--Sinclair Lewis

  4. #4
    Elite Member lurkur's Avatar
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    Dec 2005


    Excellent. America should be cooperating with its neighbors. I can only imagine how many people think Obama TALKING to a socialist is vulgar, but blowing them up to pieces is beautiful.

  5. #5
    Elite Member kingcap72's Avatar
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    10 miles from Pootie Tang


    It's about time. I'm no fan of Castro, but it's stupid to keep the 'cold war' going on with Cuba.

    Naturally, the GOP will see this as further proof that Obama is a commie/socialist/facist who is set to become the new Hitler.

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    Just from a selfis point of vue, I'd love to go to Cuba. They say Havana is gorgeous. Also, the scuba there is supposed to be fanastic. The moratorium on travel there has kept the reefs pristine.

  7. #7
    Elite Member LynnieD's Avatar
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    ^^Me too!! Have heard its quite beautiful.

    I am all for this too. Jesus he can TALK to them....

  8. #8
    Friend of Gossip Rocks! buttmunch's Avatar
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    It's apparently beautiful but quite run down.
    'Those who sacrifice liberty for security deserve neither.' Ben Franklin

    "When fascism comes to America, it will be wrapped in the flag and carrying the cross."
    --Sinclair Lewis

  9. #9
    Elite Member bychance's Avatar
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    Obama defends greeting Hugo Chavez,3878264.story

    [COLOR=#333333 ! important]The president says Americans want him to interact with foreign leaders and that the U.S. has nothing to fear from Venezuela.[/COLOR]
    [COLOR=#999999 ! important]By Peter Nicholas
    3:53 PM PDT, April 19, 2009 [/COLOR]
    Port-Of-Spain, Trinidad And Tobago -- Rebuffing criticism of the warm greetings he exchanged with Venezuelan leader Hugo Chavez, President Obama said today that the United States, with its overwhelming military superiority and need to improve its global image, can afford to extend such diplomatic "courtesy."

    Obama, in a news conference capping a three-day meeting of leaders from the Western Hemisphere, also said the U.S. must engage other countries through humanitarian gestures, not simply military intervention.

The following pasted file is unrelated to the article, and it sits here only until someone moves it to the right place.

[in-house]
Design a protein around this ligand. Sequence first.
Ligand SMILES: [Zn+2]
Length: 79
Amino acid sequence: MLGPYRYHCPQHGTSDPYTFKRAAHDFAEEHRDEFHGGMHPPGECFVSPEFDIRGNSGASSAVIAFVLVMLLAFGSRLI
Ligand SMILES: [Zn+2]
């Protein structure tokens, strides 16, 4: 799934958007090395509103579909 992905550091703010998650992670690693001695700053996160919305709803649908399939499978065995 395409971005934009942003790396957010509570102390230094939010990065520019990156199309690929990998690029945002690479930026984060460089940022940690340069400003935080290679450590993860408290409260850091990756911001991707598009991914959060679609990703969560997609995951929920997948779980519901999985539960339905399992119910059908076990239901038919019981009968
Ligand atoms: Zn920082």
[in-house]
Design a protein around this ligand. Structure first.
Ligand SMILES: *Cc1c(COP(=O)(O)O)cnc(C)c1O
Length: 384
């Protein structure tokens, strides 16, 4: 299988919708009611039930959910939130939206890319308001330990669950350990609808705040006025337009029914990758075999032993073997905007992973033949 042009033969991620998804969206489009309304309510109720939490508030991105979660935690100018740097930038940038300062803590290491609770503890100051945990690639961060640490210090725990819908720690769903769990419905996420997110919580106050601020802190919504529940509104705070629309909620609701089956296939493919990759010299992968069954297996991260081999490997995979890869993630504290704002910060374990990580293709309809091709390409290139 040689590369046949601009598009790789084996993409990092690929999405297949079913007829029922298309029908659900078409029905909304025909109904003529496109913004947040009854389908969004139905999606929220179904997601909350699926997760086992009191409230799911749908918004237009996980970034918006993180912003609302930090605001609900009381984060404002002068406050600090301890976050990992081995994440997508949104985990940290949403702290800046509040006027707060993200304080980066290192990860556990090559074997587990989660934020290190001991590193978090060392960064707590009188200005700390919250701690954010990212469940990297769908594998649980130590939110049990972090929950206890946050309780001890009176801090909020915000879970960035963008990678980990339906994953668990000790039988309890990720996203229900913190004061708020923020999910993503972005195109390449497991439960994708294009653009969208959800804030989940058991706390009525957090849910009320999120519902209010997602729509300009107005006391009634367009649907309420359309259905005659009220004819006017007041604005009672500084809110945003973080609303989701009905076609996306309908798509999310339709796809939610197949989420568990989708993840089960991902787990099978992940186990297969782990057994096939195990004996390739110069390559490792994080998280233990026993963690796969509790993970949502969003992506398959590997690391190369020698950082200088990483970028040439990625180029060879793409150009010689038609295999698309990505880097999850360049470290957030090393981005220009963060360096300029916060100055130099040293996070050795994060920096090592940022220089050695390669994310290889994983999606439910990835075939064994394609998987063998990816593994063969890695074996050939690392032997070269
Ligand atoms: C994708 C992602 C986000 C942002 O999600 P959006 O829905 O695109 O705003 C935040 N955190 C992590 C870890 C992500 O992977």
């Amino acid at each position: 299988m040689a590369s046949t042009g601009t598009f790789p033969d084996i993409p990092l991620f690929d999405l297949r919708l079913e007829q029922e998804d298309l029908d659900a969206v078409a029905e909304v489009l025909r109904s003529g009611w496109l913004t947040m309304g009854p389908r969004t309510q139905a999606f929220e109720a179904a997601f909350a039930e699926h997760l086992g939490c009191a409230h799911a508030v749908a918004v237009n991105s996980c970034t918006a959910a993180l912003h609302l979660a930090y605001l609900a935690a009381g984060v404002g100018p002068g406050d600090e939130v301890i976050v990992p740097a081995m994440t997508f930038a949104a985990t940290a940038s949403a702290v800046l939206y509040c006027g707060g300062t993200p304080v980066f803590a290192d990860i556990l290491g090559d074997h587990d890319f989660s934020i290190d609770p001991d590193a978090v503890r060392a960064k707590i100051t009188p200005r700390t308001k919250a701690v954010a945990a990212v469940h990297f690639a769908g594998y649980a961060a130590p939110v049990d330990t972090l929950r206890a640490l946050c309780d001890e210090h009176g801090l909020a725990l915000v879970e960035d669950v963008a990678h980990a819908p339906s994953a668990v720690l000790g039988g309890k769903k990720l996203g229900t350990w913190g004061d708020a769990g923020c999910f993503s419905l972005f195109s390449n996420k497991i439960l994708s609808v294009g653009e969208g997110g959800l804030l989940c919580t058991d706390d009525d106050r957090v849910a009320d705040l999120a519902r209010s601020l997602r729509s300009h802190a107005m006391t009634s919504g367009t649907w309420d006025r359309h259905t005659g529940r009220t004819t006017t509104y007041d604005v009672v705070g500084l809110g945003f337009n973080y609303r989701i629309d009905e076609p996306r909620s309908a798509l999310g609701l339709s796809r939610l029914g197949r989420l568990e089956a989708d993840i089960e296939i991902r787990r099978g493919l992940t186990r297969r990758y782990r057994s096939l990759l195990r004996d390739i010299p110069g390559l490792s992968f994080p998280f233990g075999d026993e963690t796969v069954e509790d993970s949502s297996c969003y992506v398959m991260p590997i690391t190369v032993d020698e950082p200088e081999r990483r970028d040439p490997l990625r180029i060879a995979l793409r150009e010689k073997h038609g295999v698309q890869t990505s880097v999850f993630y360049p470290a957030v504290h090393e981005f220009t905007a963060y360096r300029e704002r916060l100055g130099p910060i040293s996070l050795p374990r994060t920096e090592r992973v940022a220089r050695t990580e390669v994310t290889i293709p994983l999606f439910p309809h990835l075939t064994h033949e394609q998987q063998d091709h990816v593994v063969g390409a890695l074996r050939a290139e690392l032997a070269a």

Obama said it would be a mistake to measure the Summit of the Americas by specific agreements reached. But by listening to his counterparts and eschewing heavy-handed diplomacy, he said, he was creating an atmosphere in which, "at the margins," foreign leaders are "more likely to want to cooperate than not cooperate."

    A running theme of the summit was Obama's cordial dealings with Chavez, who once called former President George W. Bush the "devil" and who just last month dismissed Obama as an "ignoramus." The two were photographed smiling and clasping hands.

    At one meeting attended by South American leaders, Chavez made a show of walking around the table as the cameras rolled and handing Obama a copy of "Open Veins of Latin America," a 1971 book by Eduardo Galeano chronicling U.S. and European imperialism in the region.

    Sen. John Ensign (R-Nev.) told CNN today that it was "irresponsible" for Obama to be seen "laughing and joking" with the Venezuelan president.

    Obama dismissed such concerns. He said the 2008 presidential campaign proved that American voters want the president to engage his counterparts, whether or not they are avowed friends of the U.S.

    Obama said it "was a nice gesture to give me a book. I'm a reader." He added that the election was a referendum of sorts on the argument that U.S. solicitude toward foreign leaders could be seen as "weakness."

    "The American people didn't buy it," the president said. "And there's a good reason the American people didn't buy it, because it doesn't make sense."

    The U.S. has nothing to fear from Venezuela, a large supplier of crude oil to the U.S., Obama said.

    "Its defense budget is probably 1/600th of the U.S.," he said. "They own [the oil company] Citgo. It's unlikely that as a consequence of me shaking hands or having a polite conversation with Mr. Chavez that we are endangering the strategic interests of the United States."